'Civil War' Debate Proof MSM Still Relevant
The furor sparked by NBC News's self-important declaration that Iraq is now in a "civil war" is further proof that for all the chest-beating new media types sometimes do about displacing the MSM, the "dinosaur media" still matter. David Zurawik writes at the Baltimore Sun:
The bellowing began Monday when NBC announced that it had decided to call the conflict in Iraq a civil war.
Before 24 hours had passed, discussions about what constitutes a civil war was being debated on Capitol Hill, parsed on the front pages of newspapers nationwide and discussed on TV and radio talk shows.
"Even if network news is a dinosaur, it still has a huge audience - an aggregate that can be matched nowhere else in the media - and that's a fact often overlooked," said Philip M. Seib, Nieman, author of Going Live: Doing the News Right in a Real-Time Online World (Roman & Littlefield 2001).
"The lesson of the week is an unmistakable reminder that national broadcast networks can still have a profound effect on political discourse in this country in a way that no single newspaper, with the possible exception of the New York Times, can hope to have."
Indeed the network wasn't the first media organization to make such a decision: The Los Angeles Times, one of the nation's largest and most influential newspapers last October began referring in its pages to the conflict in Iraq, with hardly a blip in either media or national debates.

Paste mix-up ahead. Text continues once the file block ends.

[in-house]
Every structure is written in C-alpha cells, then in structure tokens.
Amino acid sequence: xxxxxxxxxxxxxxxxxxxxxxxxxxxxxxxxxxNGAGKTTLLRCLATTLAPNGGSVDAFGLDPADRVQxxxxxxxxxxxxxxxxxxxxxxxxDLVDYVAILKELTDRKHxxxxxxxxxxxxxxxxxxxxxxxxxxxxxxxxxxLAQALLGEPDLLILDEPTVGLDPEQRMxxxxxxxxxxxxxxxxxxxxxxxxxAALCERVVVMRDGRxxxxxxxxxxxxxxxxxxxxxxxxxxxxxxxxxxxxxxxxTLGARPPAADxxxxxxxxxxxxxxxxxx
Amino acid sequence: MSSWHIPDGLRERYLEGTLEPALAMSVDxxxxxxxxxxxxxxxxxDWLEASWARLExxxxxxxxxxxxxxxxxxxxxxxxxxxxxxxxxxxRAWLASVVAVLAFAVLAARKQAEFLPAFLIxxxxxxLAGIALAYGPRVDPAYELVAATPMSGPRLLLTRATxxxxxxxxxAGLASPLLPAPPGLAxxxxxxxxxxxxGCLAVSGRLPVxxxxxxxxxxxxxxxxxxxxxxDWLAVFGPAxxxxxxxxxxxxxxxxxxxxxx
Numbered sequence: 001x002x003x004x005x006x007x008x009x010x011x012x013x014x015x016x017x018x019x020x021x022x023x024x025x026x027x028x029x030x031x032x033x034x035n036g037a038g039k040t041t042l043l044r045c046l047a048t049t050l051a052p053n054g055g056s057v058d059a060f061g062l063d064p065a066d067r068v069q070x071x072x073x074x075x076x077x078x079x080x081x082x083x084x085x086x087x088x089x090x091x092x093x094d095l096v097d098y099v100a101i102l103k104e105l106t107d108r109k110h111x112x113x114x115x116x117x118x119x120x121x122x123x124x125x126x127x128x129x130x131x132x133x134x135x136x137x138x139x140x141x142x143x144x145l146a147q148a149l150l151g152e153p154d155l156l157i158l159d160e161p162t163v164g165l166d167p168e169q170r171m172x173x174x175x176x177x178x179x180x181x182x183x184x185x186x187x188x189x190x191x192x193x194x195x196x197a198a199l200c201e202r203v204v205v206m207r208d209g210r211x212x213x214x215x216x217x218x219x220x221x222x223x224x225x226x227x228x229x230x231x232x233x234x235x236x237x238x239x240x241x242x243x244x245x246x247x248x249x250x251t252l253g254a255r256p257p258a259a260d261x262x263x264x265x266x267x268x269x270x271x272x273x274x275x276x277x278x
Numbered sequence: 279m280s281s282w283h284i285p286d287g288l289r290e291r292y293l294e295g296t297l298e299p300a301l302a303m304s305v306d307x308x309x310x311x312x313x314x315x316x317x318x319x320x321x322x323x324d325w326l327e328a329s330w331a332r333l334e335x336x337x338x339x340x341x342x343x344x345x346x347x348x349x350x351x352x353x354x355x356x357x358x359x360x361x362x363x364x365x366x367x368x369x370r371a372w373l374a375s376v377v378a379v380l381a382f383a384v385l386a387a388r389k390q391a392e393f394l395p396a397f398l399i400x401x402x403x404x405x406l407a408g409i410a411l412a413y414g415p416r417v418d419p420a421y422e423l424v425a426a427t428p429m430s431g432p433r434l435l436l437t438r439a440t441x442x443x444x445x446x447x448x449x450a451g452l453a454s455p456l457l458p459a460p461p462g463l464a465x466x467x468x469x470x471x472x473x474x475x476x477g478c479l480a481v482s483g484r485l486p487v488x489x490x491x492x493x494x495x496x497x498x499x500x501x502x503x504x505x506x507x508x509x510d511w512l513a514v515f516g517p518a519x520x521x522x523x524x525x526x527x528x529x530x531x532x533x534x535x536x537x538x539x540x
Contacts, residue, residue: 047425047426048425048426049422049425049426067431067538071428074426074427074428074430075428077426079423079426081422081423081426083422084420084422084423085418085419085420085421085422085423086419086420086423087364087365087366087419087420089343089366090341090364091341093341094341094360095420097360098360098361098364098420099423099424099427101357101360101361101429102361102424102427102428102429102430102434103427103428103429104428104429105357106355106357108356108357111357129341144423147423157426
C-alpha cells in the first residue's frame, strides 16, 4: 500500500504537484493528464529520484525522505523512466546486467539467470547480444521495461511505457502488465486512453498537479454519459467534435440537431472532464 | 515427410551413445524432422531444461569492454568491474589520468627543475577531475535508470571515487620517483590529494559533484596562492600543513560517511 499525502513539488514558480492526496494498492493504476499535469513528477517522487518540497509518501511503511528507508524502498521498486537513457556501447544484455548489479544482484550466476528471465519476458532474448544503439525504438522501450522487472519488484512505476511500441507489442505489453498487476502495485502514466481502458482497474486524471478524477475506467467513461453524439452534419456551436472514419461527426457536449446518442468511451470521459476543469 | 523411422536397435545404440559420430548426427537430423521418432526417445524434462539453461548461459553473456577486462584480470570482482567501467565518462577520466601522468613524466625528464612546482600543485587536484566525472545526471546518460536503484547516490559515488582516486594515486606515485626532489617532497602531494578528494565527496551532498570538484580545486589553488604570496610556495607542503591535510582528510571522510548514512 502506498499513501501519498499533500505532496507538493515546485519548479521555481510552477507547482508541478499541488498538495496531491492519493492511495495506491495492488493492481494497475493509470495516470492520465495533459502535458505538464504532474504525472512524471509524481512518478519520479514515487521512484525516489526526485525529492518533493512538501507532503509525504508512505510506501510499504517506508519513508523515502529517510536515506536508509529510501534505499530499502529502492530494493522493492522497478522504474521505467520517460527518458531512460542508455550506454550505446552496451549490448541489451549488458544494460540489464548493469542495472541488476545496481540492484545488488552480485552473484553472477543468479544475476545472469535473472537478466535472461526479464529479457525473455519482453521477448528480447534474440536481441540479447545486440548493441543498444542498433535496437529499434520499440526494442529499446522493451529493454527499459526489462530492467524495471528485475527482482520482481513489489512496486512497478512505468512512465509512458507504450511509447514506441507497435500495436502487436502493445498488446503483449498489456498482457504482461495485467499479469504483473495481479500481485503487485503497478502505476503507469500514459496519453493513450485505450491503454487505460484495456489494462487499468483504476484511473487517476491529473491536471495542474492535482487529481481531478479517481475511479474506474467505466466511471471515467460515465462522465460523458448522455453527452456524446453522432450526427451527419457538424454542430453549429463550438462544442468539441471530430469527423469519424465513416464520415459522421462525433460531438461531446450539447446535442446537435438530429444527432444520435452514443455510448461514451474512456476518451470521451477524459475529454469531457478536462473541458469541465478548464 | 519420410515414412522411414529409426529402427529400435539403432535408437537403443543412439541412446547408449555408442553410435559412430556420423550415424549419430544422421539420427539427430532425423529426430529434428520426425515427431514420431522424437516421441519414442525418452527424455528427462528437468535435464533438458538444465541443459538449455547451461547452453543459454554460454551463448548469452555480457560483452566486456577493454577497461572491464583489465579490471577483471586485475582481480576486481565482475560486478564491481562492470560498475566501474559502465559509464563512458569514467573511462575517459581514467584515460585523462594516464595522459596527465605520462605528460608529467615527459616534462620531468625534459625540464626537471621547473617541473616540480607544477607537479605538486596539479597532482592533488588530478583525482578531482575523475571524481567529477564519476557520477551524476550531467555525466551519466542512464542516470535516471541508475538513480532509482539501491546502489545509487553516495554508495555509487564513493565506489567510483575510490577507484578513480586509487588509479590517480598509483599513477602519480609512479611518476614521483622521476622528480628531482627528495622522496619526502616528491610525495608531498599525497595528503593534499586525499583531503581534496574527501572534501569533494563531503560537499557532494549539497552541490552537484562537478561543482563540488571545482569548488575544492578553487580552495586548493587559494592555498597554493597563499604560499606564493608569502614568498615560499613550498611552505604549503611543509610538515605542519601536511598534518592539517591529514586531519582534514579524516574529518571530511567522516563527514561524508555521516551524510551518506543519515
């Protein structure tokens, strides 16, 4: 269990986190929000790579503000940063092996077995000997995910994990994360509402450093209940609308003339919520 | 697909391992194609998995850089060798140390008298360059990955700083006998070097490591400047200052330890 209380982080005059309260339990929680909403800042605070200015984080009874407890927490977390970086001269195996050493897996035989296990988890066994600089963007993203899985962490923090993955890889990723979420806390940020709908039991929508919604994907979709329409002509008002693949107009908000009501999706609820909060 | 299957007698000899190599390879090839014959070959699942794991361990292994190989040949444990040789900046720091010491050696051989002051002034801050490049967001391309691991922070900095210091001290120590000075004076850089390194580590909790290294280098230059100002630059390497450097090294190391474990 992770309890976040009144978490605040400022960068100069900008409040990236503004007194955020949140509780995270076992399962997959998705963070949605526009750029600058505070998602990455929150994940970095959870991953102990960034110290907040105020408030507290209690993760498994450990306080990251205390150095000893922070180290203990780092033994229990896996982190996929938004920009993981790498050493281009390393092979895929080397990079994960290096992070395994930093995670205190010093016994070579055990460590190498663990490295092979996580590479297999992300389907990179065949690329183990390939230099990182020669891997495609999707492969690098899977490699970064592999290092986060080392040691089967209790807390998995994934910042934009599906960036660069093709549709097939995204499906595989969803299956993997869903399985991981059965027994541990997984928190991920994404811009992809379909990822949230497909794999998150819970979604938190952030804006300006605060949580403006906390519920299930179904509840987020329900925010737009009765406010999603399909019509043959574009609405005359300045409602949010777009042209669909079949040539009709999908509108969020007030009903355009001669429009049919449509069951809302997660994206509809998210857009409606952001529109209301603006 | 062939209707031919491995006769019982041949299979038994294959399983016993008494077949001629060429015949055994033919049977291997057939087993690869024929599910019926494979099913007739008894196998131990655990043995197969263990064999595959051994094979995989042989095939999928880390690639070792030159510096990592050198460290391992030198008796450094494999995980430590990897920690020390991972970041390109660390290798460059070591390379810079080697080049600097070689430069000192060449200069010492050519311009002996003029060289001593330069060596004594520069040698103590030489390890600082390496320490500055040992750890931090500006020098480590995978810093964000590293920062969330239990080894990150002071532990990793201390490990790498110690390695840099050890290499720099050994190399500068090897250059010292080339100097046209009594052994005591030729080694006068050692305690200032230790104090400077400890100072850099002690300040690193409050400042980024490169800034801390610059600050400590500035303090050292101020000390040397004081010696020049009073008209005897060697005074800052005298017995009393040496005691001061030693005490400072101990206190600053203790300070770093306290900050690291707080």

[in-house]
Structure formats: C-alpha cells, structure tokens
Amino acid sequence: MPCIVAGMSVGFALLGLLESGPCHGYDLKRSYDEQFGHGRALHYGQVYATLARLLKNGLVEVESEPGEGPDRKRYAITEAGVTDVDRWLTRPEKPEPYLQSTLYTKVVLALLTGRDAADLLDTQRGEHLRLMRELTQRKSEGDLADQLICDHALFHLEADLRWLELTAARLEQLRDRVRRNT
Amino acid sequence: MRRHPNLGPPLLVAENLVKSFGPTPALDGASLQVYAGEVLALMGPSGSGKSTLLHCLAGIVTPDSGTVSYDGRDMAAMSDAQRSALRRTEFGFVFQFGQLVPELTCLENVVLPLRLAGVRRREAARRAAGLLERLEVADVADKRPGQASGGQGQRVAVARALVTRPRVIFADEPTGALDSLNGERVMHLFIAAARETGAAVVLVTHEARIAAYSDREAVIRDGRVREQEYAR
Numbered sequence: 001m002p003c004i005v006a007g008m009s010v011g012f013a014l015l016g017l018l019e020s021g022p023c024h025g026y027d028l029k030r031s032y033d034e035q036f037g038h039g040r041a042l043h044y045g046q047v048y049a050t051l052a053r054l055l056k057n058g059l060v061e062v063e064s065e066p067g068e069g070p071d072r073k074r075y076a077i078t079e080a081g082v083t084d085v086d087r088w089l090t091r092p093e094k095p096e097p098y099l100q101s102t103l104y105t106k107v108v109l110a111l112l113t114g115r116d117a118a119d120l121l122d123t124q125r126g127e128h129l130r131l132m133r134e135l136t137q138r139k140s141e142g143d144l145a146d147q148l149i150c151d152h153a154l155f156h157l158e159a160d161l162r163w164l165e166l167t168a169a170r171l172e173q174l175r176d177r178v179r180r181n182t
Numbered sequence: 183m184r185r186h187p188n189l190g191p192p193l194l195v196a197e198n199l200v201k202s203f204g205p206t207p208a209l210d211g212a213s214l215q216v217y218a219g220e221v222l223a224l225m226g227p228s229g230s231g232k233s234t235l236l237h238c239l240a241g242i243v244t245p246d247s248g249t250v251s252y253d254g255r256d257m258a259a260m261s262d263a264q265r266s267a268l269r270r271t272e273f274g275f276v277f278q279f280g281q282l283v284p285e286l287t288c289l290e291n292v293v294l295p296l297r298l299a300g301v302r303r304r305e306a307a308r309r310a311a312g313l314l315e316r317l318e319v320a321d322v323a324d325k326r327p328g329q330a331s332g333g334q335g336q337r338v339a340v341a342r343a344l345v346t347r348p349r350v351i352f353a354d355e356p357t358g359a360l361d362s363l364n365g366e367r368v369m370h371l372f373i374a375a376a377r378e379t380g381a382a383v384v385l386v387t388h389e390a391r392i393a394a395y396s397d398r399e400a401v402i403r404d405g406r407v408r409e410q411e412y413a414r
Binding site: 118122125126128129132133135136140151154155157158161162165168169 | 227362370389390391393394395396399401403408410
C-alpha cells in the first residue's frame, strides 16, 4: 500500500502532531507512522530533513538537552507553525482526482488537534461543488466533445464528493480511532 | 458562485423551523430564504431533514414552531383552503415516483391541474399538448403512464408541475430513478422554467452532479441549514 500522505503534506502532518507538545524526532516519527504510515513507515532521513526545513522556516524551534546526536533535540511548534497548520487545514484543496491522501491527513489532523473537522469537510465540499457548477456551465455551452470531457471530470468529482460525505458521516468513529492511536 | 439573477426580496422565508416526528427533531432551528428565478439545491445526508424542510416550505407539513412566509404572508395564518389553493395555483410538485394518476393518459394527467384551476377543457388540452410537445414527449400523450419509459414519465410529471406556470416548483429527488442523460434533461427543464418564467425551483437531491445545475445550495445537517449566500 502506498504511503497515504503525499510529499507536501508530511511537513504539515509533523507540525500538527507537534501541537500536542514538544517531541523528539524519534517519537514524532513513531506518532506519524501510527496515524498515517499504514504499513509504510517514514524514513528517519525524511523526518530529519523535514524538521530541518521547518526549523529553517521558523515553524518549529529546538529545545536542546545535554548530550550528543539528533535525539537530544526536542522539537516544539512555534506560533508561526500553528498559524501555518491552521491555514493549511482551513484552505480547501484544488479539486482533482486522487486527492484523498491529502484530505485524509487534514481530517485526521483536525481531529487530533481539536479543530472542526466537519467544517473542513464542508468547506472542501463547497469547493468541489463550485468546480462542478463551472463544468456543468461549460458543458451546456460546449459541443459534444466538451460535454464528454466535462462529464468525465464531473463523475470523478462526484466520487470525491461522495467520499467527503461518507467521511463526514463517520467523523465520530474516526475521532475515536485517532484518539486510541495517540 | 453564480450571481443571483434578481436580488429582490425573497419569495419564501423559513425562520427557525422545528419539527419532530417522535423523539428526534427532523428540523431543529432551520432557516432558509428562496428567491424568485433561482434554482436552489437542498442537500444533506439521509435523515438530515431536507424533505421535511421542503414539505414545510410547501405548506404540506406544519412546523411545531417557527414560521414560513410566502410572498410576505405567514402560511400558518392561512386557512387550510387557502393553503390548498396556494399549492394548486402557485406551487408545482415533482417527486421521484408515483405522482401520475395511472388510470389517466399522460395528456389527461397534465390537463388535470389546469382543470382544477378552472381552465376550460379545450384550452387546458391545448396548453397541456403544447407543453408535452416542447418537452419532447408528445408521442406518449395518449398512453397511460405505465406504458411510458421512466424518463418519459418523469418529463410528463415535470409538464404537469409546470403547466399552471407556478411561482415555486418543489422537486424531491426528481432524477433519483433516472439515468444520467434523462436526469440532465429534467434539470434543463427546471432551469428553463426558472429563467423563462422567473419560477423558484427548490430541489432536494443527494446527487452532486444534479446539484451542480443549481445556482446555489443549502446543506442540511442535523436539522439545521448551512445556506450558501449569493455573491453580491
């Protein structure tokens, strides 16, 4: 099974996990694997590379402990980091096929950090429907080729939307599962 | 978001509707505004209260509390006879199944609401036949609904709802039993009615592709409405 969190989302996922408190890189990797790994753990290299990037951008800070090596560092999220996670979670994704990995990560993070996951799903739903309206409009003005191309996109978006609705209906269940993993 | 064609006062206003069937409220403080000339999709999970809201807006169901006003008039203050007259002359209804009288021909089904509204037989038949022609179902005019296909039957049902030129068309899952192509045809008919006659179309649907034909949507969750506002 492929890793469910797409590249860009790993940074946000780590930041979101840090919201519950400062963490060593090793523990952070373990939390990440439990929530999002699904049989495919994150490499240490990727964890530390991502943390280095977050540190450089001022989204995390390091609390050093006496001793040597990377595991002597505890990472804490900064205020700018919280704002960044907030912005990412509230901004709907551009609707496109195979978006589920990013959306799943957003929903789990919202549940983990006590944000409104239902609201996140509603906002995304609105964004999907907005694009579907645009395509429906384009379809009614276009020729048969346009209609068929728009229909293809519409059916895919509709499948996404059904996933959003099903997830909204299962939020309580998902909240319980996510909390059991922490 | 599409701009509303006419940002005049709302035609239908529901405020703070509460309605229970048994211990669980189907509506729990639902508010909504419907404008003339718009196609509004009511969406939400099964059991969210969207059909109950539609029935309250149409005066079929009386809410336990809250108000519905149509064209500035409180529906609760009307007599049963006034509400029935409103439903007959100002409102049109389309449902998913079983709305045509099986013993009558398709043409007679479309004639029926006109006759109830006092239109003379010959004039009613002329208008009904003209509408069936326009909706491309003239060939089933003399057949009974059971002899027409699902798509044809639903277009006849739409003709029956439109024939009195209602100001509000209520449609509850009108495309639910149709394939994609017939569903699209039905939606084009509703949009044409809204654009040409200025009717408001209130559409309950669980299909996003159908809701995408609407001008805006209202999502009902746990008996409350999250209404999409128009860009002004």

But NBC's decision was announced by co-host Matt Lauer on the Today Show, the highest-rated of the network morning shows, and reached a daily audience of 5.7 million viewers. [...]
Throughout the fall, when the Los Angeles Times - which is owned by the Tribune Corp. (which also owns The Sun) and has a daily circulation of 775,766 readers - was calling Iraq a civil war, "it was a contained problem" that could largely be ignored by the White House, Seib pointed out.
When NBC took up the term, the conflict was suddenly being framed in a new and highly negative way for millions of viewers coast to coast, and the president had little choice but to respond - a move that all but guaranteed page one coverage and the debate that followed.
The different ways in which NBC News and the Los Angeles Times handled their editorial decisions also contributed to the vast divide in reactions, according to some analysts.
"NBC made an affirmative announcement about it on TV, as opposed to the Times, which did it more quietly," said Tom Rosenstiel, director of the Project for Excellence in Journalism, a Washington-based media think tank and educational forum. He also said a decision by NBC News might have more clout than one made by another network because of NBC's first-place status in morning and evening newscasts - and multimedia muscle.
"When NBC News makes a policy decision, it cuts across numerous platforms," he said. "It's in MSNBC.com, MSNBC cable TV, CNBC cable TV, the NBC Nightly News and the Today show. If you cobble together all of those audiences, it far outstrips even the readership and pass-on rate of The New York Times."